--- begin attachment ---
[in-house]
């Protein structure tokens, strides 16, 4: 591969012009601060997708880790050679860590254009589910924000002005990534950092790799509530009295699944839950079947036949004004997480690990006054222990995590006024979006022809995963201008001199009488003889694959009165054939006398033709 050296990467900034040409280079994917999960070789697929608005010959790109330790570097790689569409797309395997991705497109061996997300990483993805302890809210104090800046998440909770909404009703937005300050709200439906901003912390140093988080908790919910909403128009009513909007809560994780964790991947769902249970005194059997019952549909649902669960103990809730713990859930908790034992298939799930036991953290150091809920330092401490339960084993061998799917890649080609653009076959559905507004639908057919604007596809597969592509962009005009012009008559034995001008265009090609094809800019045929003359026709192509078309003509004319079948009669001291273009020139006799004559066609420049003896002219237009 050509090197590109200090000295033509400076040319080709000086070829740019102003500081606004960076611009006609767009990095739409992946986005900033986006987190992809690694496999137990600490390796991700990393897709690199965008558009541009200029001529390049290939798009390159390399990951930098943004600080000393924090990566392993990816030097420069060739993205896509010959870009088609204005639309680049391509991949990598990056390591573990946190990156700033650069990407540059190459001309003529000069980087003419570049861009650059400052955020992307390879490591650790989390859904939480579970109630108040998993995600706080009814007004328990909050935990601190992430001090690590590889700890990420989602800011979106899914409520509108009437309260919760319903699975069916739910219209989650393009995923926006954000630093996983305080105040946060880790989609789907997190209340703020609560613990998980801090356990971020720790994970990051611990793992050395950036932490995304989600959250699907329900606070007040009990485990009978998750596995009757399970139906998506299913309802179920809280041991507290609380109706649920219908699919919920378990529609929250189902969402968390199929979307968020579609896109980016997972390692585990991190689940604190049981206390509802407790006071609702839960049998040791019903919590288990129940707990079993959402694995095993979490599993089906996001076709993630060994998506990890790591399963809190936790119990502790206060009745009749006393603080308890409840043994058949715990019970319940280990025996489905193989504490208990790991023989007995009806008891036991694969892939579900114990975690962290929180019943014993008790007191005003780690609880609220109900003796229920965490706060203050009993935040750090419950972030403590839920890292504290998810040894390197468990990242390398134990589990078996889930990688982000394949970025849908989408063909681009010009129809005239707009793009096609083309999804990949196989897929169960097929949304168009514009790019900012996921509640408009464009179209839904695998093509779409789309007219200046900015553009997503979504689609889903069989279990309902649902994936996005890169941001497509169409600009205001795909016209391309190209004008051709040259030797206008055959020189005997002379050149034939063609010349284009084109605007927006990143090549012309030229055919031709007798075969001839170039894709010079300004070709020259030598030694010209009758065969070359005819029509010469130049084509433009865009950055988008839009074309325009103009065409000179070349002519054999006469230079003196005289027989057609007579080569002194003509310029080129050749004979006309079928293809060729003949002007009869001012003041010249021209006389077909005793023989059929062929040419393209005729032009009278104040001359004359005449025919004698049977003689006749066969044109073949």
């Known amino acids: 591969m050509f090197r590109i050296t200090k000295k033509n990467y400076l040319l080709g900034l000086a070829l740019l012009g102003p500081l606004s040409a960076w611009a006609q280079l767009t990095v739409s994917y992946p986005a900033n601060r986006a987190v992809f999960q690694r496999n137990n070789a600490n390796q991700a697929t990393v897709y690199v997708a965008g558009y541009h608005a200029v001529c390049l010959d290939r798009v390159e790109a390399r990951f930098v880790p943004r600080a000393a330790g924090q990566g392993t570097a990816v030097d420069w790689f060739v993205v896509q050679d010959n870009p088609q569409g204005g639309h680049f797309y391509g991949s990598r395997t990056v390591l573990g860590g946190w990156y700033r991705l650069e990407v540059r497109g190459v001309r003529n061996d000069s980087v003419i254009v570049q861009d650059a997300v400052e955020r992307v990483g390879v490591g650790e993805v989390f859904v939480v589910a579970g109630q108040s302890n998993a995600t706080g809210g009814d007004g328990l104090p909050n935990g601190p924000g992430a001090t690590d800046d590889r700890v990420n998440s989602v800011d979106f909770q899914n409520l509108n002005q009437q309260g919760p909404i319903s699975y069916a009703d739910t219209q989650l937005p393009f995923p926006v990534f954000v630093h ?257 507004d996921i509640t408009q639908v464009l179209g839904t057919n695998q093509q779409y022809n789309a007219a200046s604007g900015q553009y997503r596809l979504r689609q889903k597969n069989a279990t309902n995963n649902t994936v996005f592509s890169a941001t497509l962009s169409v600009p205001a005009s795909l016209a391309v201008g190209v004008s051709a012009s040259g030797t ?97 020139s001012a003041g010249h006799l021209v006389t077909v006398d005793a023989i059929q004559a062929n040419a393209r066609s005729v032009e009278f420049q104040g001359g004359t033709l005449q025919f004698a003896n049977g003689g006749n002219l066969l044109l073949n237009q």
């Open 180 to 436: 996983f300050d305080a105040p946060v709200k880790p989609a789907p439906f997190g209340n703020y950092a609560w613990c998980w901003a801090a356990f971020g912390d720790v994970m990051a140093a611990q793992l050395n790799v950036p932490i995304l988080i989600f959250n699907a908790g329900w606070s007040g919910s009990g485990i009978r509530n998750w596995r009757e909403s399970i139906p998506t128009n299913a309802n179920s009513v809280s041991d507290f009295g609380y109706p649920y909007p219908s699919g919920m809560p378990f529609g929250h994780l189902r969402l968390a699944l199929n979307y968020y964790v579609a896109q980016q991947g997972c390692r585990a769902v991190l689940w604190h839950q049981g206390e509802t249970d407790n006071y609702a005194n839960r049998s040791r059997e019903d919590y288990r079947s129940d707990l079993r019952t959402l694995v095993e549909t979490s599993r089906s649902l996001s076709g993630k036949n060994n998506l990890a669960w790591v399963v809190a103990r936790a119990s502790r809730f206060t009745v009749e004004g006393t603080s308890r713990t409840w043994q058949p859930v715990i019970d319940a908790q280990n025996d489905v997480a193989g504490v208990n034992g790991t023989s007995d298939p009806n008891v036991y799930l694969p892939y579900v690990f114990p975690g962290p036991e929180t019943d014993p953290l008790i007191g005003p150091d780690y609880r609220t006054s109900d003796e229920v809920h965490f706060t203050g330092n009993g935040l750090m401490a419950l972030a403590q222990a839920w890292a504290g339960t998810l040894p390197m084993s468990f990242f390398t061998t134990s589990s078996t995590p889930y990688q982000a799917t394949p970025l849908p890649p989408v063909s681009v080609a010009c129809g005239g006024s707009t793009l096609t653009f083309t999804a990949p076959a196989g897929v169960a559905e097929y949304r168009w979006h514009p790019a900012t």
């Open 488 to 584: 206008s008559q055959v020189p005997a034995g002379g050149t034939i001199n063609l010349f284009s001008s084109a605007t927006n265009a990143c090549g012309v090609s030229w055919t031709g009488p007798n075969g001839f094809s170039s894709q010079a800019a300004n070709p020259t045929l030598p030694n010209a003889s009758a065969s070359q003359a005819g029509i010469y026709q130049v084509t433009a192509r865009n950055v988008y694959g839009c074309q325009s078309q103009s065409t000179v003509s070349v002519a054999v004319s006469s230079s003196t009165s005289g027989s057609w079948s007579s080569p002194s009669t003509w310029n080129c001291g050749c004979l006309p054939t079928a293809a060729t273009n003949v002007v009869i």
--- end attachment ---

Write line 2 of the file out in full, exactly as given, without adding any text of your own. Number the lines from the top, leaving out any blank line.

């Protein structure tokens, strides 16, 4: 591969012009601060997708880790050679860590254009589910924000002005990534950092790799509530009295699944839950079947036949004004997480690990006054222990995590006024979006022809995963201008001199009488003889694959009165054939006398033709 050296990467900034040409280079994917999960070789697929608005010959790109330790570097790689569409797309395997991705497109061996997300990483993805302890809210104090800046998440909770909404009703937005300050709200439906901003912390140093988080908790919910909403128009009513909007809560994780964790991947769902249970005194059997019952549909649902669960103990809730713990859930908790034992298939799930036991953290150091809920330092401490339960084993061998799917890649080609653009076959559905507004639908057919604007596809597969592509962009005009012009008559034995001008265009090609094809800019045929003359026709192509078309003509004319079948009669001291273009020139006799004559066609420049003896002219237009 050509090197590109200090000295033509400076040319080709000086070829740019102003500081606004960076611009006609767009990095739409992946986005900033986006987190992809690694496999137990600490390796991700990393897709690199965008558009541009200029001529390049290939798009390159390399990951930098943004600080000393924090990566392993990816030097420069060739993205896509010959870009088609204005639309680049391509991949990598990056390591573990946190990156700033650069990407540059190459001309003529000069980087003419570049861009650059400052955020992307390879490591650790989390859904939480579970109630108040998993995600706080009814007004328990909050935990601190992430001090690590590889700890990420989602800011979106899914409520509108009437309260919760319903699975069916739910219209989650393009995923926006954000630093996983305080105040946060880790989609789907997190209340703020609560613990998980801090356990971020720790994970990051611990793992050395950036932490995304989600959250699907329900606070007040009990485990009978998750596995009757399970139906998506299913309802179920809280041991507290609380109706649920219908699919919920378990529609929250189902969402968390199929979307968020579609896109980016997972390692585990991190689940604190049981206390509802407790006071609702839960049998040791019903919590288990129940707990079993959402694995095993979490599993089906996001076709993630060994998506990890790591399963809190936790119990502790206060009745009749006393603080308890409840043994058949715990019970319940280990025996489905193989504490208990790991023989007995009806008891036991694969892939579900114990975690962290929180019943014993008790007191005003780690609880609220109900003796229920965490706060203050009993935040750090419950972030403590839920890292504290998810040894390197468990990242390398134990589990078996889930990688982000394949970025849908989408063909681009010009129809005239707009793009096609083309999804990949196989897929169960097929949304168009514009790019900012996921509640408009464009179209839904695998093509779409789309007219200046900015553009997503979504689609889903069989279990309902649902994936996005890169941001497509169409600009205001795909016209391309190209004008051709040259030797206008055959020189005997002379050149034939063609010349284009084109605007927006990143090549012309030229055919031709007798075969001839170039894709010079300004070709020259030598030694010209009758065969070359005819029509010469130049084509433009865009950055988008839009074309325009103009065409000179070349002519054999006469230079003196005289027989057609007579080569002194003509310029080129050749004979006309079928293809060729003949002007009869001012003041010249021209006389077909005793023989059929062929040419393209005729032009009278104040001359004359005449025919004698049977003689006749066969044109073949």